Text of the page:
Given the high risk of continued aid shortfalls, it is important for the PA to promptly implement a contingency plan to cover the financing gap, which as of mid-September is projected at $0.4 billion for 2012. The PA already announced in mid-August a freeze in new public sector employment and promotions for the remainder of the year. The contingency plan should complement these measures by a reduction in the cost of living adjustment for public sector employees. Non-wage expenditures should be carefully prioritized, making full use of the cash management system, to ensure that in case of continued aid shortfalls non-essential expenditures take the brunt of the cuts. Any measures to alleviate the impact of the September fuel price increases should be offset by cuts in other non-essential spending, given the severe financing constraint. Development projects should only be implemented if there are matching funds from donors, to prevent the diversion of aid away from essential recurrent spending. While domestic revenue measures are unlikely to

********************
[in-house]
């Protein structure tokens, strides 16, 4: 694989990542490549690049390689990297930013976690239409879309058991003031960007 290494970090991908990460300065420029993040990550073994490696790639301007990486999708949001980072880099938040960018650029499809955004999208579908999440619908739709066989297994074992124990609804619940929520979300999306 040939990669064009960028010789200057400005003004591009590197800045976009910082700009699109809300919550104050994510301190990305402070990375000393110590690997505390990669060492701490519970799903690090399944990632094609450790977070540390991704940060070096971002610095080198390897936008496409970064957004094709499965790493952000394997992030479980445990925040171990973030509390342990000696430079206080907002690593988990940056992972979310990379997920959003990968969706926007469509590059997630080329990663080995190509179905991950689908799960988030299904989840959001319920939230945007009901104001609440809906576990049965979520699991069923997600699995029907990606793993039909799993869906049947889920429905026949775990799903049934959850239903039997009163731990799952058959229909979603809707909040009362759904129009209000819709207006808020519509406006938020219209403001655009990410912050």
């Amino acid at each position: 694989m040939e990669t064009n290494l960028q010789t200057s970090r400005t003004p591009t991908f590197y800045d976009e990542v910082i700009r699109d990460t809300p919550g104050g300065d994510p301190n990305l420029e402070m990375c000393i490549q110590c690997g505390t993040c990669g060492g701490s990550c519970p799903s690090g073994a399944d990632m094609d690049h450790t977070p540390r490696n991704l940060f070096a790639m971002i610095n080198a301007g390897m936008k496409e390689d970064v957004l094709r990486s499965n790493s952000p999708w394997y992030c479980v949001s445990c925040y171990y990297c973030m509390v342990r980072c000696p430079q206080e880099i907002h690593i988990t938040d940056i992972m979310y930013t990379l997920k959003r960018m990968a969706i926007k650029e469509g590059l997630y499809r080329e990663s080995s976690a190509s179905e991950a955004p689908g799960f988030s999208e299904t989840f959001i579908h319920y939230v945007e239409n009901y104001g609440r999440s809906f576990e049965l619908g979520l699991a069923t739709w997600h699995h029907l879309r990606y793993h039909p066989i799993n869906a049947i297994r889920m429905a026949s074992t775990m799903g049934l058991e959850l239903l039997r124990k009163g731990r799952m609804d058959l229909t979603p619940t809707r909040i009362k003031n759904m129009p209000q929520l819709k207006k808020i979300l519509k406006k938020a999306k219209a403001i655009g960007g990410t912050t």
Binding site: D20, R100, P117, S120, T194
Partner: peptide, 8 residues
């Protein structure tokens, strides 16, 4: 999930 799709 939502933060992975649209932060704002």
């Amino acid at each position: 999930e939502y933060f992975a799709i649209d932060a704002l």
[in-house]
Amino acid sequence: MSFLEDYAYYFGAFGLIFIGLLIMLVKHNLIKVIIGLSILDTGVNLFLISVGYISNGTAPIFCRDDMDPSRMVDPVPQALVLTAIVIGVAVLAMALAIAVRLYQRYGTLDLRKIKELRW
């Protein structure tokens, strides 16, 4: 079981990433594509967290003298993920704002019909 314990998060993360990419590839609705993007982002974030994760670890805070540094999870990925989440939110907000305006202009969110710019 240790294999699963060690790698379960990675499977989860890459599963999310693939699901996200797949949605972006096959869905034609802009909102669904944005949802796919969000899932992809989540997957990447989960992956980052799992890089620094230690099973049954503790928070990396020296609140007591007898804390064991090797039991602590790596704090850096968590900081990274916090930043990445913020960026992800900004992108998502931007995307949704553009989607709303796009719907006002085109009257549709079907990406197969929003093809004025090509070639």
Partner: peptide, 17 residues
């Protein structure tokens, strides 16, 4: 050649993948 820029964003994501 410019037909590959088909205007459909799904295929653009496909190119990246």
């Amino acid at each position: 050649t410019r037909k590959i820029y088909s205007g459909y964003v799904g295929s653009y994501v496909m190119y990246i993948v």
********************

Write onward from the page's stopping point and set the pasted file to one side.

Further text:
start bearing fruit before the end of the year, nevertheless it is important to press ahead with the prompt implementation of the IMF technical assistance recommendations to improve tax administration, notably through enhancing compliance and widening the tax base.
Joint PA-Government of Israel (GoI) measures to raise clearance revenue should be implemented promptly to support the fiscal adjustment efforts. Given that clearance revenue, which is collected by the GoI on the PA’s behalf, represents 70 percent of the PA’s total tax revenue, the PA-GoI understanding reached in July 2012 to enhance the efficiency of the clearance revenue mechanism through joint PA-GoI measures has the potential to raise budgetary revenue and reduce the PA’s reliance on aid over time. To ensure a sustainable rise in the Palestinian economic and revenue base, economic cooperation should be broadened to include an easing of restrictions on movement and access.